A federal judge ruled on Wednesday that the Trump administration’s 2019 third-country asylum regulation could not legally apply to asylum seekers. Nine asylum seekers, along with human rights organizations CAIR and RAICES, appealed to the courts in protest of the rule.
According to the plaintiffs, Judge Kelley’s ruling signals the triumph of rule of law, concluding that President Trump has “demonized” asylum-seekers and considers the law “as something on which to trample, on his way to a photo op.”
“The protection of asylum seekers fleeing for safety is intertwined with our national values and … the United States is a country where the rule of law cannot be tossed aside for political whim,” says Claudia Cubas, the litigation director at CAIR Coalition.
The mandate required that individuals who met the requirements for asylum demonstrate that they had sought refuge in at least one transit country outside their hostile homeland before seeking it in the United States. Aliens would be granted asylum if they could prove they had been previously denied by third countries, could prove victimhood status for severe forms of human trafficking or had traveled only through countries not party to international refugee agreements.
The administration justified the mandate on the basis of an overwhelming number of false asylum claims. DOJ processed 105,500 affirmative and 159,473 defensive asylum claims in 2018, of which only 38,687 were confirmed.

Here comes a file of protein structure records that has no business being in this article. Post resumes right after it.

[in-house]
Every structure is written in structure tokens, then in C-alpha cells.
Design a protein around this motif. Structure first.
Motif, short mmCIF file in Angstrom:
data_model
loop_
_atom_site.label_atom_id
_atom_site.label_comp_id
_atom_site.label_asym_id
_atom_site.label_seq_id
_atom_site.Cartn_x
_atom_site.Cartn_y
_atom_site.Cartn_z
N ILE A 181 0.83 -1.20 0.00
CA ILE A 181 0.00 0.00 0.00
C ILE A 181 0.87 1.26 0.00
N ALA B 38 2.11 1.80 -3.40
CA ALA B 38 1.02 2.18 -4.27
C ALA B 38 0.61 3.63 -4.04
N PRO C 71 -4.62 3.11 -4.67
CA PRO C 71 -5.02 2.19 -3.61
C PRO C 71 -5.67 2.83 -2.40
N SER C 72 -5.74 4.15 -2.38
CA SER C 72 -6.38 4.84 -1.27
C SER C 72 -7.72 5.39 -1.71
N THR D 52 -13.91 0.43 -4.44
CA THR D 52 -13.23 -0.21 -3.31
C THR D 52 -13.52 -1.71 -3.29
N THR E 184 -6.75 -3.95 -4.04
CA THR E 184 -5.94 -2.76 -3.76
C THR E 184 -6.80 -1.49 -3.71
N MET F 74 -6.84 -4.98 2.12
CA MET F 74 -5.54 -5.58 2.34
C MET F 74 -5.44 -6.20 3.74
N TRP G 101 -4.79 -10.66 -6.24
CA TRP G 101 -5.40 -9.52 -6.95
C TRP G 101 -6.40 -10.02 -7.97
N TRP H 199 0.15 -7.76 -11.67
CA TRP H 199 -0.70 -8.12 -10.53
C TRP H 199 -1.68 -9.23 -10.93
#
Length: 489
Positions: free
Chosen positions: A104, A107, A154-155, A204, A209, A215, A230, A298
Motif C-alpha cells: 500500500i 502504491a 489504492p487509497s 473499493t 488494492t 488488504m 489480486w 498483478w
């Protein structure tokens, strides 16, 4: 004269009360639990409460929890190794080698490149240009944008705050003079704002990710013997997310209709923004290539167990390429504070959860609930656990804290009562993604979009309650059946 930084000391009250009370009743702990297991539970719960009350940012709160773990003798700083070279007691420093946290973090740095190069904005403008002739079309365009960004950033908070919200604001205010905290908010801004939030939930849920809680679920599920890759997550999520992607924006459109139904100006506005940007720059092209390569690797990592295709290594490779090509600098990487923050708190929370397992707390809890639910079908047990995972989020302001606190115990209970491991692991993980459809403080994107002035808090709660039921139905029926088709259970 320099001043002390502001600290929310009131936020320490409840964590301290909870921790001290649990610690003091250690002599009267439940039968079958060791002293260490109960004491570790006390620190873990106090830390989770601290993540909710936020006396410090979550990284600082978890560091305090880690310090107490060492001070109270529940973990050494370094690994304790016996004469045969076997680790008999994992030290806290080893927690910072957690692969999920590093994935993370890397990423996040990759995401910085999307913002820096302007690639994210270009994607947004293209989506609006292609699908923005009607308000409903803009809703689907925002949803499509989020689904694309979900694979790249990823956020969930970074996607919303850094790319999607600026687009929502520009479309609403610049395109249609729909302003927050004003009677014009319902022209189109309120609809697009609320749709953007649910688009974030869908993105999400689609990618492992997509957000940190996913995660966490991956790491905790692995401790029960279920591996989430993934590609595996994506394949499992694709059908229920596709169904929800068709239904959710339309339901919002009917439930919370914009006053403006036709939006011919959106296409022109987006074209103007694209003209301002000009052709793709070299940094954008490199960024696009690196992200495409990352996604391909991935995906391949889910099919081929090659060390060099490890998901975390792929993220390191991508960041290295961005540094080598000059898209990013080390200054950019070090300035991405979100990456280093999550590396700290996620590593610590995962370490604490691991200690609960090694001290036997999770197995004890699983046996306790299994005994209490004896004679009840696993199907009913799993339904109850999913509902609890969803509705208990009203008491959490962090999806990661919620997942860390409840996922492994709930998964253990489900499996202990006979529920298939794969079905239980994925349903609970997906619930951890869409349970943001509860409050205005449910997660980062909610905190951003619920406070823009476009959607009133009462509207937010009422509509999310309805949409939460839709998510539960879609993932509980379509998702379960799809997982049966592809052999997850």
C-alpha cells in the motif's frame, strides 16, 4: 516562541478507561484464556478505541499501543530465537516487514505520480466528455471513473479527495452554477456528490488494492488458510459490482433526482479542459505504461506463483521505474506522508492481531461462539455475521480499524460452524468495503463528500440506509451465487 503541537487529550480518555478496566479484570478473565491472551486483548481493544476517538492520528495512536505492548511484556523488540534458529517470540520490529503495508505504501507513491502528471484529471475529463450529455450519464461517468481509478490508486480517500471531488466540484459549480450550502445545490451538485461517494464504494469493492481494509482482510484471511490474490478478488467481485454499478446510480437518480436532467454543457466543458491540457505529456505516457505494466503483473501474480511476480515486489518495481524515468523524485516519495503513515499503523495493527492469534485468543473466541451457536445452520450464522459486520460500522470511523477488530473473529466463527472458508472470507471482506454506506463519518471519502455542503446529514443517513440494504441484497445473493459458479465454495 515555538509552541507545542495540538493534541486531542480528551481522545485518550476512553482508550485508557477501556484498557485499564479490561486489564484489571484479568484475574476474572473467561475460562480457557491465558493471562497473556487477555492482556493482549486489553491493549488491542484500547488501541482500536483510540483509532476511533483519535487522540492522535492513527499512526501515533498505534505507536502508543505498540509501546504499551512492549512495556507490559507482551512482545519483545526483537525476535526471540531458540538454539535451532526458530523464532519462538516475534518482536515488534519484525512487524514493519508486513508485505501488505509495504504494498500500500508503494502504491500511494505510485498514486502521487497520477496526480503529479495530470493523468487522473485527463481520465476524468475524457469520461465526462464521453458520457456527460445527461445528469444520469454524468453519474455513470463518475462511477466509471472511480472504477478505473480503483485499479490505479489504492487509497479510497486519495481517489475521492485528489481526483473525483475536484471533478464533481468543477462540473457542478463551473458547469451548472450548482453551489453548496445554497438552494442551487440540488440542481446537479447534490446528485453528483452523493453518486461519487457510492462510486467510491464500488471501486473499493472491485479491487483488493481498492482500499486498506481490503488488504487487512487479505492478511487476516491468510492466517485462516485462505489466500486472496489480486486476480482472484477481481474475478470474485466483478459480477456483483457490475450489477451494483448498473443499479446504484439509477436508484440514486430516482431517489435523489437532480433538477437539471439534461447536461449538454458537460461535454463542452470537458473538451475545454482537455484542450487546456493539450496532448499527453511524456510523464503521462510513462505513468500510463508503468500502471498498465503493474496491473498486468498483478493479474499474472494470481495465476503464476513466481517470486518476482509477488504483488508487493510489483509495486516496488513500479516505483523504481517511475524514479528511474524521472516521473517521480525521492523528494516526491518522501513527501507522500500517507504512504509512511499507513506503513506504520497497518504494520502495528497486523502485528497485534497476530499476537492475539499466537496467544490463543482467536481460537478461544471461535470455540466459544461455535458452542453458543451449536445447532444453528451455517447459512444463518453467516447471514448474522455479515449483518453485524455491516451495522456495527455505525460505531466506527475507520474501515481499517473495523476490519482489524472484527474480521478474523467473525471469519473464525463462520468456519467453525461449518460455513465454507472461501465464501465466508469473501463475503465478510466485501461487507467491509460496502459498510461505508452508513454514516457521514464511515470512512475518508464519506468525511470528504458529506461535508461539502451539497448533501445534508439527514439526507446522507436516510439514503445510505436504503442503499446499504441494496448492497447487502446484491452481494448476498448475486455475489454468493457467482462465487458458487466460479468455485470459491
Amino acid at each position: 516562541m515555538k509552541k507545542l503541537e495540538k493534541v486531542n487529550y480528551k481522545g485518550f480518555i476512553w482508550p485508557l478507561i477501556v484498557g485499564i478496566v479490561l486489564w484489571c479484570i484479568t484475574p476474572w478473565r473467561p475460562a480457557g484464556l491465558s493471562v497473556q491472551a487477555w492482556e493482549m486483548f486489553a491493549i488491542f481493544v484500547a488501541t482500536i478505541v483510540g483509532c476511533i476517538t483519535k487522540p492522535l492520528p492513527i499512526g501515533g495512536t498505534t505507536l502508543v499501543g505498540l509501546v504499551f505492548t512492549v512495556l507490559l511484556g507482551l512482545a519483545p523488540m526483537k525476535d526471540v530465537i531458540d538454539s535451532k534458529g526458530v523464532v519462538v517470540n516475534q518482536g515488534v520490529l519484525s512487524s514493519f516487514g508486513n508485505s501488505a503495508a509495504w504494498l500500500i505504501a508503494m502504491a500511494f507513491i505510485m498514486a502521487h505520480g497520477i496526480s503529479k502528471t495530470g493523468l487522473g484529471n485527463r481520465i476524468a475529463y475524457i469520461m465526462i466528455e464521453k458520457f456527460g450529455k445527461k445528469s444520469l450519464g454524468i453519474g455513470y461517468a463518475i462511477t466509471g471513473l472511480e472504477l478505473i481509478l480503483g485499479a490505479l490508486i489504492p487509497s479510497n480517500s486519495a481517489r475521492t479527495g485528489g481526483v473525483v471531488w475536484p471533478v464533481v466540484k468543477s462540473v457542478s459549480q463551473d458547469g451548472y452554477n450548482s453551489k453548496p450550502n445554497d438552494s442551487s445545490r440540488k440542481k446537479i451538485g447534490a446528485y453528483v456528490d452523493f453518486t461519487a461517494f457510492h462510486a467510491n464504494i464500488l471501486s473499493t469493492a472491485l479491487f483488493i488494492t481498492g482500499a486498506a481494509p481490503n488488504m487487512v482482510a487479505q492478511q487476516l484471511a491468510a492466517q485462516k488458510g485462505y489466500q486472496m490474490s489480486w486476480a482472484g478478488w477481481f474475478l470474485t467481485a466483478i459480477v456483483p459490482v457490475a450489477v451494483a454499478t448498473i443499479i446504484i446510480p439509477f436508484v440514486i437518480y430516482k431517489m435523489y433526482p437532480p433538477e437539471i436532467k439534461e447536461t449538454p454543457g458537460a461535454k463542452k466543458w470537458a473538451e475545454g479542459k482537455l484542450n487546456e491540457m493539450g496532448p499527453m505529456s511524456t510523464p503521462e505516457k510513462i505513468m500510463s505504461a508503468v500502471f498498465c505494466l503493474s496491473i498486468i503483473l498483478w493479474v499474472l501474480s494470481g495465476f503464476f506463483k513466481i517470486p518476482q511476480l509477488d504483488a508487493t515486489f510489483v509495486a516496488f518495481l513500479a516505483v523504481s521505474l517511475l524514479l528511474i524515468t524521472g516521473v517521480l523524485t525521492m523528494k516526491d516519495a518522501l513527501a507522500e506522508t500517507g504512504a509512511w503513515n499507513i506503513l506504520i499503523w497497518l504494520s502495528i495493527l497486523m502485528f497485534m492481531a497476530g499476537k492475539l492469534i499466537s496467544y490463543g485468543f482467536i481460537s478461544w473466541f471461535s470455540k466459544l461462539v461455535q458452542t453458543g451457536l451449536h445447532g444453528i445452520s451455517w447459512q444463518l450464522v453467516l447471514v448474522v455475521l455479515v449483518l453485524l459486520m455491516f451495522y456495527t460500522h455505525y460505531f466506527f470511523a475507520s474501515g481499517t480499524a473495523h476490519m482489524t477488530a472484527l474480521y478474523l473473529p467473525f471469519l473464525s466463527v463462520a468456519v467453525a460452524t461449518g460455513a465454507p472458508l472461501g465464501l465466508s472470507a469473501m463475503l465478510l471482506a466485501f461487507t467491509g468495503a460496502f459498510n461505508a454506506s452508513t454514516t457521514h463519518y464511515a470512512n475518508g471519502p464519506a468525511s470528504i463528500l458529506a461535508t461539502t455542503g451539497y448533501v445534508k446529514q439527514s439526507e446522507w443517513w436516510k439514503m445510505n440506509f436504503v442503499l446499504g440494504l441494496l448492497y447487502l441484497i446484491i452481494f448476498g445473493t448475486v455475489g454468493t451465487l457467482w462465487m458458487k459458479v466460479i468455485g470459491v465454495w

“The large number of meritless asylum claims places an extraordinary strain on the nation’s immigration system, undermines many of the humanitarian purposes of asylum, has exacerbated the humanitarian crisis of human smuggling, and adversely impacts the United States’ ongoing diplomatic negotiations with foreign countries,” Attorney General William Barr said in a statement.
Judge Kelley, a 2017 Trump appointee, found that the rule bypassed the notice-and-comment period required under the Administrative Procedure Act, and therefore cannot legally be enacted. Although the comments period extends until August 15, DHS began implementing the rule the day it was published. The administration has not yet promulgated the final rule.
Lawmakers referenced the “foreign affairs function” and “good cause” exceptions to APA stipulations, but Kelley determined the exceptions did not apply in this particular case.
“There are many circumstances in which courts appropriately defer to the national security judgments of the Executive. But determining the scope of an APA exception is not one of them,” Kelley said in his 52-page opinion on the case.
“Since the start of the Administration, there has been a lack of attention to detail and basic procedure that has resulted in a series of technical violations,” says Jonathan Turley, a prominent lawyer and legal scholar.
CBS News reported that U.S. asylum officers received orders to remove the restriction from active asylum cases. The U.S. currently restricts most asylum-seeking and immigration in an effort to prevent individuals infected with COVID-19 from entering the U.S., so little will change in the coming months.